This morning, while reading one of Coding Horror’s classic blog posts on software schedules, On Our Project, We’re Always 90% Done, I came across an essay from Mary Poppendieck, which argues against rewarding team members by merit pay.
In his book, Practice of System and Network Administration, Tom Limoncelli explains the importance of writing down the requirements for the system you are building. I think the list applies equally well to software projects. Having a list of clear requirements written down is probably one of the most important things you can do before starting a project.
One of the quirks of being an enterprise software developer is that when your users find a problem with the product, they actually call your company support. Most of the time, the support resolves the issues on their own, but sometimes, especially for complicated ones, developers have to get on the call and see what’s going on.
I am looking for a roommate to share my one bedroom apartment on Quadra-Mckenzie. It’s a semi-private room, most suitable for students who are looking for temporary stay.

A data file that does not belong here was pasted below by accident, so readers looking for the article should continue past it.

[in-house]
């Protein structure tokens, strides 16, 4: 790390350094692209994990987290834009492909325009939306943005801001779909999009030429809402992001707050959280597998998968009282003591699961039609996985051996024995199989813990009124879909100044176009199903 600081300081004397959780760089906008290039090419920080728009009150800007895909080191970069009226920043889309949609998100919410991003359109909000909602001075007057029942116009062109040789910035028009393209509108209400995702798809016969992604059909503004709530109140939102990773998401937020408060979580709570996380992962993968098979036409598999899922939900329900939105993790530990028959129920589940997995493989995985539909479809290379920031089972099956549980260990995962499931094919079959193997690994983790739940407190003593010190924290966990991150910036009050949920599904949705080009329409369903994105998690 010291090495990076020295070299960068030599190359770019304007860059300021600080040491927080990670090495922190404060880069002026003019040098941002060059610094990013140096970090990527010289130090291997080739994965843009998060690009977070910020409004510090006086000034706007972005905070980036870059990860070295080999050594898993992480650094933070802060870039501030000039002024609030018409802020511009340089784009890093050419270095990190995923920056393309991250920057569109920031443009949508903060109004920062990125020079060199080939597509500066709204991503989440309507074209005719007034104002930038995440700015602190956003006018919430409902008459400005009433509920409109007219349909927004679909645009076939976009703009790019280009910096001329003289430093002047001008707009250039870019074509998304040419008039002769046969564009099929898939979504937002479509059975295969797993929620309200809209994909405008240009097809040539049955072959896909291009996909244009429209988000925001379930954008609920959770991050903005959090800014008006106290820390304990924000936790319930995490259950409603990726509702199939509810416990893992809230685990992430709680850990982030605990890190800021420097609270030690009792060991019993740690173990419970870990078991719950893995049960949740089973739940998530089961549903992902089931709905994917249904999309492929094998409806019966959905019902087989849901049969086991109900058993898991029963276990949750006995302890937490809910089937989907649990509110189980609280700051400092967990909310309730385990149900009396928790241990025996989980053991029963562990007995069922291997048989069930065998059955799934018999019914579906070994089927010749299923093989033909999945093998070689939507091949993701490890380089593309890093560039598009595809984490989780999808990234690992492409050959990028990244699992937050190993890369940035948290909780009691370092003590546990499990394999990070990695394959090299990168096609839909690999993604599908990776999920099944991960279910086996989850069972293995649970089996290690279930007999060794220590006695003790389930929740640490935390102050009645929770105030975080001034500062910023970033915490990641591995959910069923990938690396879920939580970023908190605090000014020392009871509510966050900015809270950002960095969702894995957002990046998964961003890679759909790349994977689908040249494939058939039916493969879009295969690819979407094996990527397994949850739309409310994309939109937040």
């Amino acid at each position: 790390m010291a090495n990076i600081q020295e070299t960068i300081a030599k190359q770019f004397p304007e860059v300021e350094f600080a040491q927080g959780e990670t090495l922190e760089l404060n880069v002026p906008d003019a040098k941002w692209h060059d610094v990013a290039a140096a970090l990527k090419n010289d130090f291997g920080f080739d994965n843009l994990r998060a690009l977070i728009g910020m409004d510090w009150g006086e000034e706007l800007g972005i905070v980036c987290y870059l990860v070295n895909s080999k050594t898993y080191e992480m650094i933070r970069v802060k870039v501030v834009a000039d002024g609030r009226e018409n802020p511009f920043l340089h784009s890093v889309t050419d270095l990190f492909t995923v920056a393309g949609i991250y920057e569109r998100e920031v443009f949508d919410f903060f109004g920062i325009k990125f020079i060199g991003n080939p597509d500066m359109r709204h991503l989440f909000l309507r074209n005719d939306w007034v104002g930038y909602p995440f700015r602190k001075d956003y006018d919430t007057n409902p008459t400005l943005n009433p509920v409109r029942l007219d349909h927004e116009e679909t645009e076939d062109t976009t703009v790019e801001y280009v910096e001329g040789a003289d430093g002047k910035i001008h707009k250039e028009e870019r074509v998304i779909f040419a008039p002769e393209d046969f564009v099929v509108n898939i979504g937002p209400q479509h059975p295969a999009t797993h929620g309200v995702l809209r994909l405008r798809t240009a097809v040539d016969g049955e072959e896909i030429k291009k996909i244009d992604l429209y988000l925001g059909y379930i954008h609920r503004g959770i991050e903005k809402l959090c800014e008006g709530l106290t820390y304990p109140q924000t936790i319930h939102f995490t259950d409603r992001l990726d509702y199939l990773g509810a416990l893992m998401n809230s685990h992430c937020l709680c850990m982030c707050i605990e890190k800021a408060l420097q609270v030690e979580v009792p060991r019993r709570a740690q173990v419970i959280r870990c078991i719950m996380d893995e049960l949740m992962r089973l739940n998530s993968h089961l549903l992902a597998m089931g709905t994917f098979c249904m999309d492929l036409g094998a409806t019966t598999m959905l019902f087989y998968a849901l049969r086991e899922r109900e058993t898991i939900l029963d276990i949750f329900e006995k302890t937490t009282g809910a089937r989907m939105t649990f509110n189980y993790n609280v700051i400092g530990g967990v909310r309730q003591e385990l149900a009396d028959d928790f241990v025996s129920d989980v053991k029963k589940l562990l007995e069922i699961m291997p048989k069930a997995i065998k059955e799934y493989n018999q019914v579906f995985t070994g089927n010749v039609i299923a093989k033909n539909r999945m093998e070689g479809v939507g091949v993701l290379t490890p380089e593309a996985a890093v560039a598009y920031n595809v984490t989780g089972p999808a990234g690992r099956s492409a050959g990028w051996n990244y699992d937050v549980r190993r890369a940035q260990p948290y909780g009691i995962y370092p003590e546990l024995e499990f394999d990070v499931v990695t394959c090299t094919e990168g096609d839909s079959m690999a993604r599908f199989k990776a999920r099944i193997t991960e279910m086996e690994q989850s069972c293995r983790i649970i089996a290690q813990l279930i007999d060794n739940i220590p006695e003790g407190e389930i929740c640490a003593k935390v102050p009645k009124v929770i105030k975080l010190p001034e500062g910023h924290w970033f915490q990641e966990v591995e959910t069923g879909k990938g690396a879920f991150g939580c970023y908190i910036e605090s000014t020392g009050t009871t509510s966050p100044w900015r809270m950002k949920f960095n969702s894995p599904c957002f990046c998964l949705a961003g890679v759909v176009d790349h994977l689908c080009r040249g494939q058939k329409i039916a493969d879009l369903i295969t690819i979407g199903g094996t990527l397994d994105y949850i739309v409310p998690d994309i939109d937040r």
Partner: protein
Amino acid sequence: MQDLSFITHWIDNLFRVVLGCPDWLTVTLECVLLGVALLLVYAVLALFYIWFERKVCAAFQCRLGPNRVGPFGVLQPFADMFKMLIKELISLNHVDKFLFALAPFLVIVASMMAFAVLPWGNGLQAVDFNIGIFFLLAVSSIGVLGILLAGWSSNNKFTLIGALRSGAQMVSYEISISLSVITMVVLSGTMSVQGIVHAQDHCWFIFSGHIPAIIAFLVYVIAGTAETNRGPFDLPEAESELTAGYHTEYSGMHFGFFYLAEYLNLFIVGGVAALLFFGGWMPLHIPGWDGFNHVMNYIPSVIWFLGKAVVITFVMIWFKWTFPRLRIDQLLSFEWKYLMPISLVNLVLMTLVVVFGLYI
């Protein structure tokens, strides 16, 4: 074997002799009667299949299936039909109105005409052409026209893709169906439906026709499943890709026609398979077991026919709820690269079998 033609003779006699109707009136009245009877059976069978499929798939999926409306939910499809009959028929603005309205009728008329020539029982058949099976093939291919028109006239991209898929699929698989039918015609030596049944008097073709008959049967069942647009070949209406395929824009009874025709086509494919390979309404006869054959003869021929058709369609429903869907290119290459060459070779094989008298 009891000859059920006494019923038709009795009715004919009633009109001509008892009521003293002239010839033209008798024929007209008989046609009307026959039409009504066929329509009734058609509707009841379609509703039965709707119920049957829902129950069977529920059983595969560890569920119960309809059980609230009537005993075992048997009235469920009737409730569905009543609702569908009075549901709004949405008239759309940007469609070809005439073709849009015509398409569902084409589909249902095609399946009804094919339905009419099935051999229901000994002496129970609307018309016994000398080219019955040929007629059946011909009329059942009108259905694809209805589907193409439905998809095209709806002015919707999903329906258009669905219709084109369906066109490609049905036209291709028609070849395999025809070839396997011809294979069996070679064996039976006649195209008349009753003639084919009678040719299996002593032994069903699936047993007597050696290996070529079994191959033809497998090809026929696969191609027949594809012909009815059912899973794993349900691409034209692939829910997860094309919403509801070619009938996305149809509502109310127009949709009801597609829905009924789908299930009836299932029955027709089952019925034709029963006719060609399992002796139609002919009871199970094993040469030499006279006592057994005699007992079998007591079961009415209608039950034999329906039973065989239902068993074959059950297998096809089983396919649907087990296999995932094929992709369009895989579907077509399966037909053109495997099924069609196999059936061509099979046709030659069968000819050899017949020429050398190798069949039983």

One of the best books on finance. Doesn’t delve into complex formulas, saving money on lattes, or maths. Instead focuses the fundamentals. Simplicity, discipline, patience, and a focus on the long-term.
In C#, we can declare properties in a few different ways. Let’s try to understand each one in detail.
Agile is the most common software development methodology used when building software. Ideally, it means that you don’t do any big, upfront design. Instead, you work in sprints and evolve your design as your understanding of the project grows. Design is part of the programming.
Though I didn’t read as many books as last year, I read them with more focus and understanding. Here are all the books I read in 2019.